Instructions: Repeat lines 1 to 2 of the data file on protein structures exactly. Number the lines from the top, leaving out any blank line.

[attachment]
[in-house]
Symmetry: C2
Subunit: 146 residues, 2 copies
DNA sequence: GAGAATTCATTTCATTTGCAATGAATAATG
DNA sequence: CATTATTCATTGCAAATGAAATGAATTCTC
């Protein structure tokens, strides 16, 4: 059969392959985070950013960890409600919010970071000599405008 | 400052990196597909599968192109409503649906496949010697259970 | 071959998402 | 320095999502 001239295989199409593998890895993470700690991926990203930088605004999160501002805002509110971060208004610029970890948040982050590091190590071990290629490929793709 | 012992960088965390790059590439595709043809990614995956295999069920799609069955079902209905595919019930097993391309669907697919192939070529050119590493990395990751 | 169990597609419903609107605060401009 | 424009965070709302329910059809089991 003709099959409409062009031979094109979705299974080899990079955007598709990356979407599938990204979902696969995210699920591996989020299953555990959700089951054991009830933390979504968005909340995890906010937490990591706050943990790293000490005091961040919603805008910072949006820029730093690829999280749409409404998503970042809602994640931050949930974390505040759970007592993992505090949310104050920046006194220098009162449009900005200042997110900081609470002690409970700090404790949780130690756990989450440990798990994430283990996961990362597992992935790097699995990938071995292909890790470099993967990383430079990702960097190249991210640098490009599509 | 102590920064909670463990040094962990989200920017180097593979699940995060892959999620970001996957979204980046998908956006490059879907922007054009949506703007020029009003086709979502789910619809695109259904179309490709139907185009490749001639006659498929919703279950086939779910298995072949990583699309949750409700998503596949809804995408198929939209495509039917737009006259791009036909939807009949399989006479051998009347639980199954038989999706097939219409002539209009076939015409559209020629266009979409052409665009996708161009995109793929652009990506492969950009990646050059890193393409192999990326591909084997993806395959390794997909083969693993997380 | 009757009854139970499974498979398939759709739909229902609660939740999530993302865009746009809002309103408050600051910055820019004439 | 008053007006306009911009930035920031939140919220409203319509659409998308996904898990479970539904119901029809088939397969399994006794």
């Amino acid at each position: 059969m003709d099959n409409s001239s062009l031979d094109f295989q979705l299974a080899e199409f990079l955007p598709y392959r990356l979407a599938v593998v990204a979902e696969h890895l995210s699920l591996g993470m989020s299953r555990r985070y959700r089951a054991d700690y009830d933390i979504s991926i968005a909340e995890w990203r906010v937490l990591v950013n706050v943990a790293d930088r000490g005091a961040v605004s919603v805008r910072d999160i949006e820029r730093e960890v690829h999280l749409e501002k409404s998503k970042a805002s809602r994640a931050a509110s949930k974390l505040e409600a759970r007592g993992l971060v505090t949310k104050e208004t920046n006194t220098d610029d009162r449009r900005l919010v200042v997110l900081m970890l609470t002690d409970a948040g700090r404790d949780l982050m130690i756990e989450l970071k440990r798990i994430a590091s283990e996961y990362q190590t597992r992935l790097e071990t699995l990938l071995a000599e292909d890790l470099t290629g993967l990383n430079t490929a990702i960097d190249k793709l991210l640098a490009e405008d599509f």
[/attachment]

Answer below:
[in-house]
Symmetry: C2